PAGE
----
Attorney General Bonta Leads Coalition in Urging EPA to Adopt Strong Regulations for Emissions from Heavy-Duty Trucks
OAKLAND – California Attorney General Rob Bonta today led a multistate coalition in urging the U.S. Environmental Protection Agency (EPA) to swiftly adopt strong regulations limiting oxides of nitrogen (NOx) emissions from heavy-duty trucks. NOx, a smog-forming pollutant that exacerbates asthma and other health problems, has outsized impacts on communities of color and low-income communities, who disproportionately live near transportation and trade corridors. In the letter, the coalition argues that robust federal NOx standards – similar to California's NOx standards – for model year 2027 on-road heavy-duty engines and vehicles are vitally needed to improve air quality and protect our most vulnerable communities.
“Where you live should not determine the quality of the air you breathe – but that's the reality for far too many Californians across the state who are bearing the brunt of trade- and transportation-related pollution and suffering the resulting health consequences,” said Attorney General Bonta. “Nationwide standards limiting NOx emissions from heavy-duty trucks are an essential component of any plan to improve air quality and protect public health. California has already shown the path forward, but we can't do this alone. It's going to take all of us, doing our part, to protect those communities who live at the intersection of poverty and pollution.”
On-road heavy-duty vehicles are the largest source of transportation-related NOx emissions. Communities of color and low-income communities, who disproportionately live, work, or attend school near railyards, ports, warehouses, and major roadways are most vulnerable to NOx pollution and the resulting health impacts. But while the environmental and health impacts of NOx are well-known, today’s heavy-duty trucks do not effectively control NOx emissions, especially when they are at idle, moving slowly, or in stop-and-go traffic.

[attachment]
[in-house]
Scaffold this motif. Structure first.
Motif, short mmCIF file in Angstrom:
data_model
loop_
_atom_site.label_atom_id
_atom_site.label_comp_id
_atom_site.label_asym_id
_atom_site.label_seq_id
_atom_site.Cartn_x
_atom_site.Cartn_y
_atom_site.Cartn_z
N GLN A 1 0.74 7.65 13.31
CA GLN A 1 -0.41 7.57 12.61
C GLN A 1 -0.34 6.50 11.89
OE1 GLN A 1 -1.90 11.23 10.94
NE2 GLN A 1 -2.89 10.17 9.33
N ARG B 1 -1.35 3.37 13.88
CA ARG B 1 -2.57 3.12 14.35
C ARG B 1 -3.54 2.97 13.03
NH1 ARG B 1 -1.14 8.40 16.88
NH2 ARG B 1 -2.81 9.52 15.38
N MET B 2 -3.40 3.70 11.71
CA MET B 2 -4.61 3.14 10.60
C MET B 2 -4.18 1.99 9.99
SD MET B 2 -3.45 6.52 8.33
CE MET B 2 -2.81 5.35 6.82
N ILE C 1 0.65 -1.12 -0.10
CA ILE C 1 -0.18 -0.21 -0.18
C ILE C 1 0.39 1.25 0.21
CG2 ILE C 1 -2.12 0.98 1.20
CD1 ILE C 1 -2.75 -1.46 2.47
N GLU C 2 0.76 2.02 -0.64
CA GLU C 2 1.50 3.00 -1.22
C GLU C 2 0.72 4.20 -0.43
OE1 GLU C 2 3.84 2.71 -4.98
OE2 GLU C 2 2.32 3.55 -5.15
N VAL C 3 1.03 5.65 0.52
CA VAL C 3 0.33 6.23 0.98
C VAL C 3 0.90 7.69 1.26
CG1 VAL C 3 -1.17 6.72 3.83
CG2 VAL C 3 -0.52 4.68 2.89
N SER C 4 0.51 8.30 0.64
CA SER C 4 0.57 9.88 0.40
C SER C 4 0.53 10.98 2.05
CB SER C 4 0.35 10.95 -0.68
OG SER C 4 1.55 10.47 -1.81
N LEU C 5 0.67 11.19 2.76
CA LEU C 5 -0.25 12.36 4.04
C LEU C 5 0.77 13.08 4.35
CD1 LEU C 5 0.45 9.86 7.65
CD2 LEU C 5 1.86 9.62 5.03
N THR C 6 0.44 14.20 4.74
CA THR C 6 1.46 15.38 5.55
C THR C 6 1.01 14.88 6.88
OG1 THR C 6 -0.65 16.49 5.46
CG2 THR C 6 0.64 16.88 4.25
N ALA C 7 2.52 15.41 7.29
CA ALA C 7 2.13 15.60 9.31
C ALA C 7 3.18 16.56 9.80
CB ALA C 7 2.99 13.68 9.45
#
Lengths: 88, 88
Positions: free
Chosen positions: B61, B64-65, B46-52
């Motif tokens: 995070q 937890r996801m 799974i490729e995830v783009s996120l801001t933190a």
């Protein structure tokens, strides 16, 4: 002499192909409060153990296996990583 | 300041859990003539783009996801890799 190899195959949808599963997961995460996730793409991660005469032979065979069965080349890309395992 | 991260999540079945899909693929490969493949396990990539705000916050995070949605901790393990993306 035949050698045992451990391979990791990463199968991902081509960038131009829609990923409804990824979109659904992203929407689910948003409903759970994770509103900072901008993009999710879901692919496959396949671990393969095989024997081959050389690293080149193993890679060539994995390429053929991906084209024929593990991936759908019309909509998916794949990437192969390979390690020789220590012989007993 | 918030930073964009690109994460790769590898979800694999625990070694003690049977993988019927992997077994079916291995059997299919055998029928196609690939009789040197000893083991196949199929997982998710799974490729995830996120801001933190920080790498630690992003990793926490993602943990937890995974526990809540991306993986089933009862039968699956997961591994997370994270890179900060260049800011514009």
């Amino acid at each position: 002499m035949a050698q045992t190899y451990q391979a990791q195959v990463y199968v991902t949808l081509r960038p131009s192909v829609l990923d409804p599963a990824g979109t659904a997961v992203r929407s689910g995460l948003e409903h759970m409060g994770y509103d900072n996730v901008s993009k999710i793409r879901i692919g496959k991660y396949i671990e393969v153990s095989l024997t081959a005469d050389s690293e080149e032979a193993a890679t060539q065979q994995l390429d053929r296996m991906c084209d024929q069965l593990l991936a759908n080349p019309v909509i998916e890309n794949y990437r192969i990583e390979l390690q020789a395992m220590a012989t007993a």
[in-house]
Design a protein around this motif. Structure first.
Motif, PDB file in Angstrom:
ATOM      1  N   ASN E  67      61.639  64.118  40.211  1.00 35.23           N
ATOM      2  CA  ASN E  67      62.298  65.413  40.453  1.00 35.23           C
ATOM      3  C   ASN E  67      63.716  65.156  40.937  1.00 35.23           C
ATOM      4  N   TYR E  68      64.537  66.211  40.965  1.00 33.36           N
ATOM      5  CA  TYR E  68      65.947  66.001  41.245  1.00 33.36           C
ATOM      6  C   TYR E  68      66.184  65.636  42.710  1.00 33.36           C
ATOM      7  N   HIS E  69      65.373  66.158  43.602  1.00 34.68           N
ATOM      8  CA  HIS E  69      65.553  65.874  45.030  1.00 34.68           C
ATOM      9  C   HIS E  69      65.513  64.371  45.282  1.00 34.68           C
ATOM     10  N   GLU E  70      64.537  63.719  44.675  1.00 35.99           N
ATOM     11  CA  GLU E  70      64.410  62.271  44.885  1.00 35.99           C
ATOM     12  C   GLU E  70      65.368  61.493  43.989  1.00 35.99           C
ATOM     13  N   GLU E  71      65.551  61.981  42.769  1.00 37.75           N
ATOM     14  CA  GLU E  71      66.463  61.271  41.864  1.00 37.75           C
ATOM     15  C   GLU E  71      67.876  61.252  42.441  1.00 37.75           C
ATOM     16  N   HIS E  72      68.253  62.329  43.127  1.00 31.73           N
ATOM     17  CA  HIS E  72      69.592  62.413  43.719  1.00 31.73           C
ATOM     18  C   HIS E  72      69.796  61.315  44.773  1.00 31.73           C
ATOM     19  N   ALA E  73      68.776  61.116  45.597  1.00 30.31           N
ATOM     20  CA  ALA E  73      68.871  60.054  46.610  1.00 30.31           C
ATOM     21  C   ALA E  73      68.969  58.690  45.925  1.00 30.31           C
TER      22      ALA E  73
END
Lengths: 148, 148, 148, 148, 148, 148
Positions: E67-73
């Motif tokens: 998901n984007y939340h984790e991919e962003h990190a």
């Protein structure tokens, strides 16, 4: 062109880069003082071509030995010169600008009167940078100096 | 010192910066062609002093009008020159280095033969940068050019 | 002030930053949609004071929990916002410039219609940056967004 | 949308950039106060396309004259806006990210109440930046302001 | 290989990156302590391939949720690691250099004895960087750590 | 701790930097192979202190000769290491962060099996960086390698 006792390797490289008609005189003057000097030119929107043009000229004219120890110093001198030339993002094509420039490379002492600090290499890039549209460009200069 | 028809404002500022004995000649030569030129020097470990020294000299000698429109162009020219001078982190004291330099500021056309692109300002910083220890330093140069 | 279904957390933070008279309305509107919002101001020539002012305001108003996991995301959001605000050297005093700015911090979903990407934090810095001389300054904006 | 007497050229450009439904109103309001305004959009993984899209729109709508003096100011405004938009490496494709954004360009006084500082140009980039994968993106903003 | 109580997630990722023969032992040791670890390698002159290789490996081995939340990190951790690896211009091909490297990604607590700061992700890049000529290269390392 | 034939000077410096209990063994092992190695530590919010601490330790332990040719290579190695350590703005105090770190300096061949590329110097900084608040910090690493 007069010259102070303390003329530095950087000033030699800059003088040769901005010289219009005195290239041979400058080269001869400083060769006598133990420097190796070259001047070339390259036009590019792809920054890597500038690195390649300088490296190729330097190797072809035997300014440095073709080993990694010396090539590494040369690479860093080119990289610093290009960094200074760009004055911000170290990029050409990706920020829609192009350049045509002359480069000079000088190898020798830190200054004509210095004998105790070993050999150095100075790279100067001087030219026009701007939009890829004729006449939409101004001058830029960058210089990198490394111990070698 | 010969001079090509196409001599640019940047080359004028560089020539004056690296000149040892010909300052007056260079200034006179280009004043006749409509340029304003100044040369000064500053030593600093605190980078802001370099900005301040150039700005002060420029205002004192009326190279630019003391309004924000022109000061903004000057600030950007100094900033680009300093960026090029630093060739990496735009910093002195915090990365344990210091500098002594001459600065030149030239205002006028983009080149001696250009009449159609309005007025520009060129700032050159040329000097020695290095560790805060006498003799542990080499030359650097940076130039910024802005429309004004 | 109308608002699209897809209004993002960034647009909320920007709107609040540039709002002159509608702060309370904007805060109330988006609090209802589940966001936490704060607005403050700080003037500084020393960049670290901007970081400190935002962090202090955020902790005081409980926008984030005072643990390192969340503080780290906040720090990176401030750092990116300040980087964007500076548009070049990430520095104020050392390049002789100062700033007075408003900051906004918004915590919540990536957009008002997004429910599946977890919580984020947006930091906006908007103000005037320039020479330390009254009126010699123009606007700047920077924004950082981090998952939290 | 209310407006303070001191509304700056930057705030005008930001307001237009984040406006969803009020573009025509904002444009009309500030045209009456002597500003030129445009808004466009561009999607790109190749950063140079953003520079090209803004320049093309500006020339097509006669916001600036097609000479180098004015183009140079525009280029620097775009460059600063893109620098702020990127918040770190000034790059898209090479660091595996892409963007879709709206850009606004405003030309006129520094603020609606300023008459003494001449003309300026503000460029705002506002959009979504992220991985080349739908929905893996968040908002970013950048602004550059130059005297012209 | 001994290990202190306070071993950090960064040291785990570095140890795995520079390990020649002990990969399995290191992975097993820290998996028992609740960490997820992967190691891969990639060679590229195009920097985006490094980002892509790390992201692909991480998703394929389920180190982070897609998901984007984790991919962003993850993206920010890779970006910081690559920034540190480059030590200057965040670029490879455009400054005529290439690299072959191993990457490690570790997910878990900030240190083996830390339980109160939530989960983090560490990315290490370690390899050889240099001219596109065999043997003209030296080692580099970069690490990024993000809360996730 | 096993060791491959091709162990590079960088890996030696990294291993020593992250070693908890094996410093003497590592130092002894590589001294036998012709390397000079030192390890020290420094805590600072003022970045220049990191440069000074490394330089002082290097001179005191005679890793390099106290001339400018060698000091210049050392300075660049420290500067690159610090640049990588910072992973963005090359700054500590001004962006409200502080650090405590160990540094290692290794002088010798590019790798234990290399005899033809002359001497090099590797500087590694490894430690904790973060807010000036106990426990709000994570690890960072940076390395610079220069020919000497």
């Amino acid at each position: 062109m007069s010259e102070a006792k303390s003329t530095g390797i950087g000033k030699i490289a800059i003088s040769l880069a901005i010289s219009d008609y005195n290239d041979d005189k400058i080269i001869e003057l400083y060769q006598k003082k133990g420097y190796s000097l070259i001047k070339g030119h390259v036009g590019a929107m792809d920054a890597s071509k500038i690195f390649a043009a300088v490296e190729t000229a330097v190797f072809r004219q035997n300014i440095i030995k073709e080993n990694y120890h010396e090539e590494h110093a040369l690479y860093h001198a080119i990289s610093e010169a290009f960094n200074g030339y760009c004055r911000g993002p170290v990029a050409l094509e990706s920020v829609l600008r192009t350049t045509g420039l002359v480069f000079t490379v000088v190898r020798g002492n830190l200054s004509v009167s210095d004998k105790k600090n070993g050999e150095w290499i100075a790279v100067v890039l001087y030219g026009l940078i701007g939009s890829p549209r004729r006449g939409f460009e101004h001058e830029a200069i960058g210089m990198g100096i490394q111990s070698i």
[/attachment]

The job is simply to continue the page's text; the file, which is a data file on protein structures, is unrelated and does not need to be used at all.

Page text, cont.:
In August 2020, the California Air Resources Board (CARB) established pioneering exhaust emission standards for NOx that are nearly twice as stringent than the currently applicable California and federal heavy-duty NOx emission standards. These NOx reductions, which are equivalent to taking 16 million light-duty cars off the road, are expected to result in roughly 3,900 avoided premature deaths and 3,150 avoided hospitalizations statewide. California’s standards show that reducing NOx emissions is not only good for the environment and public health, but technologically feasible and cost-effective. However, while California’s standards are crucial to reducing NOx pollution in California, state regulation alone is not enough. In today’s letter, the coalition argues equally strong federal standards are urgently needed nationwide to protect our air and our environmental justice communities.
Attorney General Bonta has pushed the Biden Administration to reduce emissions from the transportation sector. This summer, Attorney General Bonta testified, and later submitted comments, urging the EPA to restore California’s waiver under the Clean Air Act for its GHG and zero emission vehicle standards. The Attorney General and CARB also led a coalition in urging NHTSA to repeal a Trump-era rule, known as the “Preemption Rule,” that purported to preempt California’s GHG and zero-emission-vehicles standards. In September, Attorney General Bonta and New York Attorney General Letitia James led a multistate coalition in urging NHTSA to restore penalties for automakers that failed to meet CAFE standards for model year 2019-2021 vehicles. Most recently, Attorney General Bonta led multistate comments urging the EPA to adopt more stringent GHG standards for passenger cars and light trucks.
Attorney General Bonta is joined by the attorneys general of Delaware, Hawaii, Illinois, Maine, Maryland, Massachusetts, Minnesota, Pennsylvania, Rhode Island, Vermont, Washington, Wisconsin, and the District of Columbia, as well as the Colorado Department of Public Health and the Environment, in sending the letter.
A copy of the letter can be found here.